The proposed low noise aircraft has the following features of conventional aircraft: a fuselage, a wing structure fixed to the fuselage, at least one horizontal stabilizer, a vertical tail system, and one or more propulsion jet engines.
To provide an optimum barrier against radiation and propagation of acoustic waves toward the ground when the aircraft is in flight, without the addition of specific devices, the configuration and arrangement of the wing structure, the vertical tail system, and the one or more propulsion jet engines, with respect to the fuselage, are such that:
One or more propulsion jet engines are provided in a propulsive system disposed above the fuselage, the propulsion jet engines being disposed side by side in said propulsive system when at least two propulsion jet engines are provided, which propulsive system comprises:
In order to integrate the propulsive system with the fuselage, the width of the fuselage in its aftmost portion is equal to or greater than the width of the propulsive system, and the vertical stabilizers are substantially in aerodynamic continuity with lateral external walls of the cowling structure, which structure accommodates the propulsive system.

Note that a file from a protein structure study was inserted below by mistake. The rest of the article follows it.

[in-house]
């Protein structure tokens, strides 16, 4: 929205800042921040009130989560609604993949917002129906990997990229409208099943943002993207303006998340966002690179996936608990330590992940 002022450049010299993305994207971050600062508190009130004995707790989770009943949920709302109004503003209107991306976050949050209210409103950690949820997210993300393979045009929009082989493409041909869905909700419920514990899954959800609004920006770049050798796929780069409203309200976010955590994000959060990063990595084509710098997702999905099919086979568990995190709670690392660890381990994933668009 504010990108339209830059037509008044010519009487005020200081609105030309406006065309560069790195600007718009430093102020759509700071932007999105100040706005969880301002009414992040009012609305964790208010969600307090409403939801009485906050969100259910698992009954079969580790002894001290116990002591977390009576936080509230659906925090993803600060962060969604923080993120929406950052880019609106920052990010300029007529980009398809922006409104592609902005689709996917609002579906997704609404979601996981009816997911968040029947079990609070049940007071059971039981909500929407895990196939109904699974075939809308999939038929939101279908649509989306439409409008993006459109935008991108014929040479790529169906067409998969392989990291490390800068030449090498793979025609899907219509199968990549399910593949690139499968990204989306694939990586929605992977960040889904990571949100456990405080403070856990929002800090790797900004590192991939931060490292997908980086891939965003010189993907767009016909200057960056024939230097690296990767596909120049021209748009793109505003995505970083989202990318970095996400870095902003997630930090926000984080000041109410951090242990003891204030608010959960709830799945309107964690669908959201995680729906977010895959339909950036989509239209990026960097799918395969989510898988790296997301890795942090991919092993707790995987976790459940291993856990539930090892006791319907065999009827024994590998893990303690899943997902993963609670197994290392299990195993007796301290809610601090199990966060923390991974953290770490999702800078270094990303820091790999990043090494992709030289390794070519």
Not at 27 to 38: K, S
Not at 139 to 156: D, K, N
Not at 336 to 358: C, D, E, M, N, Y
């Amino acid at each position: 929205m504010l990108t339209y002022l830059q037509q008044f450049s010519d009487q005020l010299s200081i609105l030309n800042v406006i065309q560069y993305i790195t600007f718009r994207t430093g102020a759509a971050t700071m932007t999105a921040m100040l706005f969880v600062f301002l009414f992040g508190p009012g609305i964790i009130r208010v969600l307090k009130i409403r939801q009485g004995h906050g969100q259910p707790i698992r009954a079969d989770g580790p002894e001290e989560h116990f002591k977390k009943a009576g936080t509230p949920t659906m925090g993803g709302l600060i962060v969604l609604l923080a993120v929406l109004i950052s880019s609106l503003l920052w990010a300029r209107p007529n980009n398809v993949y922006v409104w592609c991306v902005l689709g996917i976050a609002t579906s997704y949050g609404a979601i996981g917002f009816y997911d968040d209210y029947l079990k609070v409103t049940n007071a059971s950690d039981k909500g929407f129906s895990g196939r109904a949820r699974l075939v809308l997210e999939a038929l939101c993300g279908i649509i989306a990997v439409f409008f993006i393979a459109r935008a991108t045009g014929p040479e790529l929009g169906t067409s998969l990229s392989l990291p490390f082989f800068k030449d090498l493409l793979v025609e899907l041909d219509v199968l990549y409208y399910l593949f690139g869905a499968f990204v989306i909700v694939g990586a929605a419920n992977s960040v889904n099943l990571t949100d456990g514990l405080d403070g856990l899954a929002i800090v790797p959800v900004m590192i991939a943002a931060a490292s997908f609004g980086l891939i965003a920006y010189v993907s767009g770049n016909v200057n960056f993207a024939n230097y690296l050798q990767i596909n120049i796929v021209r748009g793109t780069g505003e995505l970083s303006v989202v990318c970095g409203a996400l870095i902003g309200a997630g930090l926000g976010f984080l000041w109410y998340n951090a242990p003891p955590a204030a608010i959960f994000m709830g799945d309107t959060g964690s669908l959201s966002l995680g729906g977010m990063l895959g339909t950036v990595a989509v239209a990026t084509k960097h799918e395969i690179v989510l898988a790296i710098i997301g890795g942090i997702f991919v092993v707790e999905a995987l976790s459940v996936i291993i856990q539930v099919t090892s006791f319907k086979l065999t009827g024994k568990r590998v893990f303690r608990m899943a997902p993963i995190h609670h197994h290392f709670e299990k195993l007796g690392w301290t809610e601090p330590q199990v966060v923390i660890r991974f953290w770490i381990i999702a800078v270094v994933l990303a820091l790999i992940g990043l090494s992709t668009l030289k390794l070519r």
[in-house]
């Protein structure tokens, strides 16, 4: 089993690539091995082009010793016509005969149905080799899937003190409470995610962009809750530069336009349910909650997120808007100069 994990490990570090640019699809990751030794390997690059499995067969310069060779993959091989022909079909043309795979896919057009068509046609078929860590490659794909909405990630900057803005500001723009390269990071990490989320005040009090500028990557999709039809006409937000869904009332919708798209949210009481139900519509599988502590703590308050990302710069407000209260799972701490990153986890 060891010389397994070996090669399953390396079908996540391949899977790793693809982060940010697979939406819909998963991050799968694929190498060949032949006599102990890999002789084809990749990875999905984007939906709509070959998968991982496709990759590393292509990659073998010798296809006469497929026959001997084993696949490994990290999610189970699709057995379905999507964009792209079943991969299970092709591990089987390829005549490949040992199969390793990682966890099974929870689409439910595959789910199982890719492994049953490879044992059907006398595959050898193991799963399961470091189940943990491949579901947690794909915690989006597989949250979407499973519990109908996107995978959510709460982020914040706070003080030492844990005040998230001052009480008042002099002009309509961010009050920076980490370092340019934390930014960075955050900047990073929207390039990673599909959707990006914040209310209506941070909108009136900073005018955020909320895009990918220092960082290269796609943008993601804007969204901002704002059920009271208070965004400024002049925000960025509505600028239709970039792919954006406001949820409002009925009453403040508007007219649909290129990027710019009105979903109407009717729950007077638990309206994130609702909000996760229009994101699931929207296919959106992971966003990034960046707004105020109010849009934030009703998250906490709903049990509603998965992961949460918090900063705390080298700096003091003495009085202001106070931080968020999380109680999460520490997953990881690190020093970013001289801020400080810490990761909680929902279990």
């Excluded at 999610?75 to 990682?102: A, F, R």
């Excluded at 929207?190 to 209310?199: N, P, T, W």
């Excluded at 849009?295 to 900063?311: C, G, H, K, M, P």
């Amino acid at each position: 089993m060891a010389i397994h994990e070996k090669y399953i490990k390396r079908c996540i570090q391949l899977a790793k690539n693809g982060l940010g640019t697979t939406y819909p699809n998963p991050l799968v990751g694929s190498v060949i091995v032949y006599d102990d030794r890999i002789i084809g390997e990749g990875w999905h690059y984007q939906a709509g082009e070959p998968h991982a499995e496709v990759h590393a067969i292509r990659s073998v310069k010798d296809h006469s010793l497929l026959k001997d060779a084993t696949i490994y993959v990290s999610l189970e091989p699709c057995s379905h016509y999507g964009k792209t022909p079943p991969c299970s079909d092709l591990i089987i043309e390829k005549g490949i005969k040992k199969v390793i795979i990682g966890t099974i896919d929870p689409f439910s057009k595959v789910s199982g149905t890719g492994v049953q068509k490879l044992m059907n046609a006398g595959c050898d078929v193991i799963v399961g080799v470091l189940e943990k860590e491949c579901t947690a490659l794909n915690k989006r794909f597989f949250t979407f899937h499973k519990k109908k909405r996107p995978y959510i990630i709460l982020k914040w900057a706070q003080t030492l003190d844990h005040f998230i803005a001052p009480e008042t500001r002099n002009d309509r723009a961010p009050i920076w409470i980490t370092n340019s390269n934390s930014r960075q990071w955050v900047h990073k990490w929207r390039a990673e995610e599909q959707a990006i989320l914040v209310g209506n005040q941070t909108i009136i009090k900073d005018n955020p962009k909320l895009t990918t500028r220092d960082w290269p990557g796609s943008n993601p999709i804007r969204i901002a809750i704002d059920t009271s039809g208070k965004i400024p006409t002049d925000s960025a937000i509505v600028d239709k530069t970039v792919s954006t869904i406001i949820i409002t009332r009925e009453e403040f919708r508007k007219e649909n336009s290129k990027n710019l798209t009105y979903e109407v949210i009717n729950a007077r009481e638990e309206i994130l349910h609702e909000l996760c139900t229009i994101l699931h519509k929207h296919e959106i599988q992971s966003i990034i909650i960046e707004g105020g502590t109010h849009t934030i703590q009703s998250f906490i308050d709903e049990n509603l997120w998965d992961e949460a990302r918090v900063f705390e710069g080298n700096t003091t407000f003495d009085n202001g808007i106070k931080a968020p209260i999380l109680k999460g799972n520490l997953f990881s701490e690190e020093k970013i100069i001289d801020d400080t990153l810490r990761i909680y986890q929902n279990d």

In order to obtain effective shielding sis à vis noises radiated by the engine air intakes, the air intake openings of the propulsive system are disposed above the fuselage preferably near a point with respect to the wing root chords, such that the area of the acoustic barrier created by the wing structure is maximized in light of the noise radiation and propagation diagrams for noise from the air intakes and from the leading edge sweep of the wing.
To improve the aerodynamic integration of the propulsive system, and to enhance shielding against radiation and propagation of noise coming from the engine air intakes, the engines are installed in a sunken position, such that at least 10%, advantageously about 30%, of the diameter of each engine is disposed below the upper delimiting surface of the fuselage.
To improve the noise reduction at the front and rear of the engines, at least a portion of the interior surfaces of the cowling structure of the propulsive system, from air intakes and exhaust nozzles of the propulsive system, have means for absorption of acoustic waves.